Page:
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ICO and ASA seem to be backing off in this area...

I notice that both the ICO and the ASA now ask you to try to contact the spammer before they'll act on any complaint and will then only do so if you continue to be spammed after contact has been made.

In practice this means that unless you're prepared to go to court, the default position as far as the toothless regulators is concerned appears to be that opt-in without consent is perfectly fine with them as long as an opt-out is later available.

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WTF?

Re: ICO and ASA seem to be backing off in this area...

so the ICO and ASA want you to validate your email address to spammers.

I really do think IQ levels are falling worldwide.

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Re: ICO and ASA seem to be backing off in this area...

Not validating my addresses with spammers has never seemed to do anything to stem the tide. I've often heard suggestions that confirming a working address makes it a more valuable commodity but I'm skeptical about the whole thing since I suspect blanketing every address available is more cost effective than being picky.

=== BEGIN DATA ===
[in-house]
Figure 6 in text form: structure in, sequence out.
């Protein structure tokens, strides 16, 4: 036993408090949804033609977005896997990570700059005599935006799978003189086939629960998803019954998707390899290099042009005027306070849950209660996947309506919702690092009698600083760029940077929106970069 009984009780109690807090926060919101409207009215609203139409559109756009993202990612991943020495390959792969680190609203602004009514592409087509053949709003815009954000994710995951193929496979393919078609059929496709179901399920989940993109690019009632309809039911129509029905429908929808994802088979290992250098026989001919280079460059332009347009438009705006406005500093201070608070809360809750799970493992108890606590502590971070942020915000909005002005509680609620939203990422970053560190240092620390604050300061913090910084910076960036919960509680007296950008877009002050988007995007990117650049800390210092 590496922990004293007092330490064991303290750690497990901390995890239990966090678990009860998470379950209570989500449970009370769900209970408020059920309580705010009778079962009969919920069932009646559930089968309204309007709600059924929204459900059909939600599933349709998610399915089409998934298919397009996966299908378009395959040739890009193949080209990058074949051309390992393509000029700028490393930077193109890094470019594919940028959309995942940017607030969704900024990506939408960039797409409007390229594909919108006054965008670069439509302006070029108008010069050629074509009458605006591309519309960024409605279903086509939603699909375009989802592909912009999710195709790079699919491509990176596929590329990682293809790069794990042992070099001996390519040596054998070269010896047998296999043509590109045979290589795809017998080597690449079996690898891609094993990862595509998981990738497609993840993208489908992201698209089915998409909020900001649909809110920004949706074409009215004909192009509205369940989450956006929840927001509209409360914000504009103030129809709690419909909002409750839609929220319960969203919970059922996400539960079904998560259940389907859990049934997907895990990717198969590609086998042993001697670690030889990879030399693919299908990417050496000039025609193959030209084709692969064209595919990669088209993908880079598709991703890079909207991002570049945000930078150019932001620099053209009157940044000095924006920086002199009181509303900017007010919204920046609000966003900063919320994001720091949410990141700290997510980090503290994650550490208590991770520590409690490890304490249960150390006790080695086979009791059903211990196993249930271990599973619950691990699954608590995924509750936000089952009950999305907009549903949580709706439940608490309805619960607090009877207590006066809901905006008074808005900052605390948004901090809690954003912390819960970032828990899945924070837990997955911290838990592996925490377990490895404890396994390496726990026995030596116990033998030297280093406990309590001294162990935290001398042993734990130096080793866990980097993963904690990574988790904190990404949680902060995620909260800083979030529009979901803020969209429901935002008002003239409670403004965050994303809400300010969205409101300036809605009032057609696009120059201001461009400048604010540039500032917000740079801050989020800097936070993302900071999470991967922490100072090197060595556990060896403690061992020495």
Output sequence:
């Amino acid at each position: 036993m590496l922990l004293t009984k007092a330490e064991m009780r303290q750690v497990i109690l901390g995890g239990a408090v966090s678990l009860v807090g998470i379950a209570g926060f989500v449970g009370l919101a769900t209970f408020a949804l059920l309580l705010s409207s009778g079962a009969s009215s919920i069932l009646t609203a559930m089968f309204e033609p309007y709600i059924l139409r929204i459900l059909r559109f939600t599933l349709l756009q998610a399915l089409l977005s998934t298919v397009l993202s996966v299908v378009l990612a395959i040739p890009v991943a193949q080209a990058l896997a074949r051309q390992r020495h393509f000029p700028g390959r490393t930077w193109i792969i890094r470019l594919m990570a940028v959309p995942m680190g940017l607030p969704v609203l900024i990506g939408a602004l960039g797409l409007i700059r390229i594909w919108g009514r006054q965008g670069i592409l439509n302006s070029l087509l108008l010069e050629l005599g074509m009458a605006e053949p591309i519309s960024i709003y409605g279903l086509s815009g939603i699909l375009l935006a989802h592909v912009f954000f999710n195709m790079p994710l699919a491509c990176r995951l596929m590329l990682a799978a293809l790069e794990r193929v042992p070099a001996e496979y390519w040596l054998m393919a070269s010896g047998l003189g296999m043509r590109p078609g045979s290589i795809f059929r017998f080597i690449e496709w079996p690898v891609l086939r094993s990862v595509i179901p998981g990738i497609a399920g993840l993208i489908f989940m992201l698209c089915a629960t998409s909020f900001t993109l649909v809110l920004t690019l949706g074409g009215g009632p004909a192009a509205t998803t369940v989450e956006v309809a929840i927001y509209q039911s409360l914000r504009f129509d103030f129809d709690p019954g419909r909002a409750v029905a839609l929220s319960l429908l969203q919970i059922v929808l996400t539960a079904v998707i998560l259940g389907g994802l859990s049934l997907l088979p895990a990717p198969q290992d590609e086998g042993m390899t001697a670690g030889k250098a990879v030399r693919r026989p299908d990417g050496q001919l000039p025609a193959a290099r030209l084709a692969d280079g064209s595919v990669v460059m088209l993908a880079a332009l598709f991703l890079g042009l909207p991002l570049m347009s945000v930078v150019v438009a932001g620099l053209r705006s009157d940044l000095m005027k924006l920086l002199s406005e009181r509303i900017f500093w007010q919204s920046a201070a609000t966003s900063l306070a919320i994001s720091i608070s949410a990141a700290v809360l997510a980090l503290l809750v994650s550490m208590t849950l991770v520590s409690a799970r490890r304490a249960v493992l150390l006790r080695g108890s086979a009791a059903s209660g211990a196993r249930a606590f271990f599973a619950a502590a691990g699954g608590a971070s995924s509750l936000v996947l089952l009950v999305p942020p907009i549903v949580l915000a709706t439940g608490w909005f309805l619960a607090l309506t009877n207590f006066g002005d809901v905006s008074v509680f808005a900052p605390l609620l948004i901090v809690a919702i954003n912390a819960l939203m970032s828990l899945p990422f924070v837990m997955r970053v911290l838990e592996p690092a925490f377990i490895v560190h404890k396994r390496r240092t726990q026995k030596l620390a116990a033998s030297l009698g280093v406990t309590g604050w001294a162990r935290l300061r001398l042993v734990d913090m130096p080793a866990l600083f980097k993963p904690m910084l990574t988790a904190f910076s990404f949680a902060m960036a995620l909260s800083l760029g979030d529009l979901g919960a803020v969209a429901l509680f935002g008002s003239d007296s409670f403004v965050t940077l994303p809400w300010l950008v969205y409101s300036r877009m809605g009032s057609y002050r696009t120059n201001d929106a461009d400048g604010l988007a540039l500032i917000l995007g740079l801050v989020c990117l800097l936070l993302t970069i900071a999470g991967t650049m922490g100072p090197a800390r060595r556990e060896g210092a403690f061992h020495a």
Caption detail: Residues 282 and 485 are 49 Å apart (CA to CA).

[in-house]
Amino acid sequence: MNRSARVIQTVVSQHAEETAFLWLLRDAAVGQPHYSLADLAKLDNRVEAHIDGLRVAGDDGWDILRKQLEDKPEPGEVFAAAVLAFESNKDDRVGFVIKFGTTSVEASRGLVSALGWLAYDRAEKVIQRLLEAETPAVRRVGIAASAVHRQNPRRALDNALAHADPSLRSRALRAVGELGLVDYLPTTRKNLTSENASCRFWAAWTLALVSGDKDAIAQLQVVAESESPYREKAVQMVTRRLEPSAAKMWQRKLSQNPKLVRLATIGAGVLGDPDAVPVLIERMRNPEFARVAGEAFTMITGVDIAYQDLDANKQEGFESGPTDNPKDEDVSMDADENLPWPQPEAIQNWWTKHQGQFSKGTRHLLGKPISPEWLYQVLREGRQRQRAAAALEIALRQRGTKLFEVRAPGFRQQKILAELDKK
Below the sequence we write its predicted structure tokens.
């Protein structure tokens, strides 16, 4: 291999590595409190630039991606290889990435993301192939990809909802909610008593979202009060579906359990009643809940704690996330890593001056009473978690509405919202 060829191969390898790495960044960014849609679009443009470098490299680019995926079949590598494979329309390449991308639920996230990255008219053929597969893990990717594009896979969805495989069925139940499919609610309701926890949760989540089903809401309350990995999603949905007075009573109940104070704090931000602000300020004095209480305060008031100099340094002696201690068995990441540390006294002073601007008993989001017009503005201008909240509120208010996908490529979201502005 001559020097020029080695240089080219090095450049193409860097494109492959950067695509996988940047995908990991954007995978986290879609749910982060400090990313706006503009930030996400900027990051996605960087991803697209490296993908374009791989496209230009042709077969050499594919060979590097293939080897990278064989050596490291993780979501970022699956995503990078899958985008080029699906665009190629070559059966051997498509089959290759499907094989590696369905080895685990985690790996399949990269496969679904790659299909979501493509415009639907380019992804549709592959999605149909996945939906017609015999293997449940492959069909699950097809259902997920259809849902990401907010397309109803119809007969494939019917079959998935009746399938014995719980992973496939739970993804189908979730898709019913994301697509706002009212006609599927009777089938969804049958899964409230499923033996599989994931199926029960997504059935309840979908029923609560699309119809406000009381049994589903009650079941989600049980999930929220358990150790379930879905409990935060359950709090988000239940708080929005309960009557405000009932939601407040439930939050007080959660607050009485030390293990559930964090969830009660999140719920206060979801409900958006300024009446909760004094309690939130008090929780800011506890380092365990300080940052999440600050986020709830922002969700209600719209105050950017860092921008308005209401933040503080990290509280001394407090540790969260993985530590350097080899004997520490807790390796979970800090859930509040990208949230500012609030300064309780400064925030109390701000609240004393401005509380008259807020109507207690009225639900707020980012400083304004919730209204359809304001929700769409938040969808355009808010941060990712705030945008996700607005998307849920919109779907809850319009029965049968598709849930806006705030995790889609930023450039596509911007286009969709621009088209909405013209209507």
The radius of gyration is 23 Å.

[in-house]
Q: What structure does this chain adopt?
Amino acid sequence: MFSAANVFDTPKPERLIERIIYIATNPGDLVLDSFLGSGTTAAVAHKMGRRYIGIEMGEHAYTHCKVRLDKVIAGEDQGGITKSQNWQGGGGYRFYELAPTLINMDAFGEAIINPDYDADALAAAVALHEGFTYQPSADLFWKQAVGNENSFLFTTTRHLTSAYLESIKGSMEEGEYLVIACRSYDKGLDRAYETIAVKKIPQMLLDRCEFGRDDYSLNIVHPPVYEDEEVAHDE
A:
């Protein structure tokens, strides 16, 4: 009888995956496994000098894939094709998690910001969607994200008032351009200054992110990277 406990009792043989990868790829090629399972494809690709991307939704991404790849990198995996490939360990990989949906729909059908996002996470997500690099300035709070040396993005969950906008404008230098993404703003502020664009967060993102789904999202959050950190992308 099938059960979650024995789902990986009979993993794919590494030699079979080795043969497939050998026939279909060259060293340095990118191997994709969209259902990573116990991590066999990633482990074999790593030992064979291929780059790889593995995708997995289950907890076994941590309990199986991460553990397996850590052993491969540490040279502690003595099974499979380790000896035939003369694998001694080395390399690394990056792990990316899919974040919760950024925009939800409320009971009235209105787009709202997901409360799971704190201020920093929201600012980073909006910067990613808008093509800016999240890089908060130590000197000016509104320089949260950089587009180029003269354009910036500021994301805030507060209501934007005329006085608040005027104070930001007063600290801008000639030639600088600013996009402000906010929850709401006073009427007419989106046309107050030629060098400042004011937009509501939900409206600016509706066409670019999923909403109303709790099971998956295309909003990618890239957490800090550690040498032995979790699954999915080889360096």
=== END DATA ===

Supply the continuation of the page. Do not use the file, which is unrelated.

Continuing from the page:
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Gold badge

voluntarily ???

"Mr Mansfield voluntarily gave us his email address..."

Bollocks. You forced him to do it, just so he could find out if he could have a home delivery. In addition, you probably forced him to do it, just so that you could harvest his email address to illegally spam him.

It is a shame that the judge award "unspecified damages". I'd suggest 1 week chained to railings in public, with a rule that "anything goes". "unspecified damages" probably isn't a sufficient deterrant, whereas boiling tar over the testicles might be.